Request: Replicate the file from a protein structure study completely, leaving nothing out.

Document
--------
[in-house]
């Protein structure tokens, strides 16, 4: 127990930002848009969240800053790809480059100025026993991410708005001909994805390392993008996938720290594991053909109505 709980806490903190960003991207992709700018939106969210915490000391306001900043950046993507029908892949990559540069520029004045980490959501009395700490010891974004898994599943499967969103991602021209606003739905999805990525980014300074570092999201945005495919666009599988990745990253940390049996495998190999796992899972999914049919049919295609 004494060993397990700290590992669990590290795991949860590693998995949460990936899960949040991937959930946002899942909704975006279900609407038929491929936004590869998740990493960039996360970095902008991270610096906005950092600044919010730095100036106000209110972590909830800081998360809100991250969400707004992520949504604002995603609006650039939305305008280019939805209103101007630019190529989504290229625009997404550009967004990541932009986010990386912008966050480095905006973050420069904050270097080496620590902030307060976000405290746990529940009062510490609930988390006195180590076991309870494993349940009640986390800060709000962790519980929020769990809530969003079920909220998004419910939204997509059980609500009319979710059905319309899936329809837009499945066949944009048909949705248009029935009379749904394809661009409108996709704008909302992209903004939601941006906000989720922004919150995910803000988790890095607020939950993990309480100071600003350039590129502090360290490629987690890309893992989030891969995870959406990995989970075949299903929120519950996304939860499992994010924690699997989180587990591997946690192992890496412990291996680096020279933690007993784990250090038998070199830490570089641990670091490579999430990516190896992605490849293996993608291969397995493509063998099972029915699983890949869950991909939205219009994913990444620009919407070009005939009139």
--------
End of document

[in-house]
């Protein structure tokens, strides 16, 4: 127990930002848009969240800053790809480059100025026993991410708005001909994805390392993008996938720290594991053909109505 709980806490903190960003991207992709700018939106969210915490000391306001900043950046993507029908892949990559540069520029004045980490959501009395700490010891974004898994599943499967969103991602021209606003739905999805990525980014300074570092999201945005495919666009599988990745990253940390049996495998190999796992899972999914049919049919295609 004494060993397990700290590992669990590290795991949860590693998995949460990936899960949040991937959930946002899942909704975006279900609407038929491929936004590869998740990493960039996360970095902008991270610096906005950092600044919010730095100036106000209110972590909830800081998360809100991250969400707004992520949504604002995603609006650039939305305008280019939805209103101007630019190529989504290229625009997404550009967004990541932009986010990386912008966050480095905006973050420069904050270097080496620590902030307060976000405290746990529940009062510490609930988390006195180590076991309870494993349940009640986390800060709000962790519980929020769990809530969003079920909220998004419910939204997509059980609500009319979710059905319309899936329809837009499945066949944009048909949705248009029935009379749904394809661009409108996709704008909302992209903004939601941006906000989720922004919150995910803000988790890095607020939950993990309480100071600003350039590129502090360290490629987690890309893992989030891969995870959406990995989970075949299903929120519950996304939860499992994010924690699997989180587990591997946690192992890496412990291996680096020279933690007993784990250090038998070199830490570089641990670091490579999430990516190896992605490849293996993608291969397995493509063998099972029915699983890949869950991909939205219009994913990444620009919407070009005939009139």